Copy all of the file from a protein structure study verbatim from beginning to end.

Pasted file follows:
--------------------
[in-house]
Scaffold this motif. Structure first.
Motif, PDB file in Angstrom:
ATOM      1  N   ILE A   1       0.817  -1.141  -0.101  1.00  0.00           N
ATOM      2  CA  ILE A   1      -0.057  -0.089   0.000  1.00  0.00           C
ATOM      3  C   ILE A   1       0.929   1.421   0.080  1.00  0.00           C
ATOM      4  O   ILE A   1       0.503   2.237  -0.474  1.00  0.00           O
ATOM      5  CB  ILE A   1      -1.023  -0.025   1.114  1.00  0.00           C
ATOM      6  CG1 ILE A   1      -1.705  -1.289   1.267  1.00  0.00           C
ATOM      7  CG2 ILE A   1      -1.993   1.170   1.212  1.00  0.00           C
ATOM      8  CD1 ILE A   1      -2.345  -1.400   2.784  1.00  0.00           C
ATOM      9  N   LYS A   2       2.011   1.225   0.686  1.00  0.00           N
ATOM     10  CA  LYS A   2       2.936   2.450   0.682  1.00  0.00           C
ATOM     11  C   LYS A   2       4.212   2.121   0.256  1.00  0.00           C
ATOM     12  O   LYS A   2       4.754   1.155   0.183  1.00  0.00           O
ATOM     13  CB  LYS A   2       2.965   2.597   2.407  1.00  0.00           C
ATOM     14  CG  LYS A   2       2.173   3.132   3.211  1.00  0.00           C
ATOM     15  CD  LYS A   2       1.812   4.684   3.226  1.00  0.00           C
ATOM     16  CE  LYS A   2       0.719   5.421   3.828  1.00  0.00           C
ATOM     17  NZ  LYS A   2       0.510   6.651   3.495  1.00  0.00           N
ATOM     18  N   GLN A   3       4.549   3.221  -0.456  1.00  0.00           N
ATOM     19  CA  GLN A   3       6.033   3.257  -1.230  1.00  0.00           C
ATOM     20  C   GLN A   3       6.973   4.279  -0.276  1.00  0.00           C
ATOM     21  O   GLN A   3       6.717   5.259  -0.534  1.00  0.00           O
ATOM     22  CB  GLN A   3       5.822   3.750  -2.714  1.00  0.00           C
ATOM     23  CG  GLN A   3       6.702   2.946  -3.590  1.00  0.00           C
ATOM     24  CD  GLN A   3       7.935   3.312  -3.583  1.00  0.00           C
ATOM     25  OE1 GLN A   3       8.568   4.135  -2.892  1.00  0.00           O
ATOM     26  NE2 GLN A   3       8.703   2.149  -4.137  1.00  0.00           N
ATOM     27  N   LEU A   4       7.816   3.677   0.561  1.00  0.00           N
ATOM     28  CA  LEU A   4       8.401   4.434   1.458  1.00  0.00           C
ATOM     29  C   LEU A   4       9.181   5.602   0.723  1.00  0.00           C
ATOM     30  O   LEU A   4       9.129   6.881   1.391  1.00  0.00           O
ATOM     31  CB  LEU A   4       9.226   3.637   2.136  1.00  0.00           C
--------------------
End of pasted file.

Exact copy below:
[in-house]
Scaffold this motif. Structure first.
Motif, PDB file in Angstrom:
ATOM      1  N   ILE A   1       0.817  -1.141  -0.101  1.00  0.00           N
ATOM      2  CA  ILE A   1      -0.057  -0.089   0.000  1.00  0.00           C
ATOM      3  C   ILE A   1       0.929   1.421   0.080  1.00  0.00           C
ATOM      4  O   ILE A   1       0.503   2.237  -0.474  1.00  0.00           O
ATOM      5  CB  ILE A   1      -1.023  -0.025   1.114  1.00  0.00           C
ATOM      6  CG1 ILE A   1      -1.705  -1.289   1.267  1.00  0.00           C
ATOM      7  CG2 ILE A   1      -1.993   1.170   1.212  1.00  0.00           C
ATOM      8  CD1 ILE A   1      -2.345  -1.400   2.784  1.00  0.00           C
ATOM      9  N   LYS A   2       2.011   1.225   0.686  1.00  0.00           N
ATOM     10  CA  LYS A   2       2.936   2.450   0.682  1.00  0.00           C
ATOM     11  C   LYS A   2       4.212   2.121   0.256  1.00  0.00           C
ATOM     12  O   LYS A   2       4.754   1.155   0.183  1.00  0.00           O
ATOM     13  CB  LYS A   2       2.965   2.597   2.407  1.00  0.00           C
ATOM     14  CG  LYS A   2       2.173   3.132   3.211  1.00  0.00           C
ATOM     15  CD  LYS A   2       1.812   4.684   3.226  1.00  0.00           C
ATOM     16  CE  LYS A   2       0.719   5.421   3.828  1.00  0.00           C
ATOM     17  NZ  LYS A   2       0.510   6.651   3.495  1.00  0.00           N
ATOM     18  N   GLN A   3       4.549   3.221  -0.456  1.00  0.00           N
ATOM     19  CA  GLN A   3       6.033   3.257  -1.230  1.00  0.00           C
ATOM     20  C   GLN A   3       6.973   4.279  -0.276  1.00  0.00           C
ATOM     21  O   GLN A   3       6.717   5.259  -0.534  1.00  0.00           O
ATOM     22  CB  GLN A   3       5.822   3.750  -2.714  1.00  0.00           C
ATOM     23  CG  GLN A   3       6.702   2.946  -3.590  1.00  0.00           C
ATOM     24  CD  GLN A   3       7.935   3.312  -3.583  1.00  0.00           C
ATOM     25  OE1 GLN A   3       8.568   4.135  -2.892  1.00  0.00           O
ATOM     26  NE2 GLN A   3       8.703   2.149  -4.137  1.00  0.00           N
ATOM     27  N   LEU A   4       7.816   3.677   0.561  1.00  0.00           N
ATOM     28  CA  LEU A   4       8.401   4.434   1.458  1.00  0.00           C
ATOM     29  C   LEU A   4       9.181   5.602   0.723  1.00  0.00           C
ATOM     30  O   LEU A   4       9.129   6.881   1.391  1.00  0.00           O
ATOM     31  CB  LEU A   4       9.226   3.637   2.136  1.00  0.00           C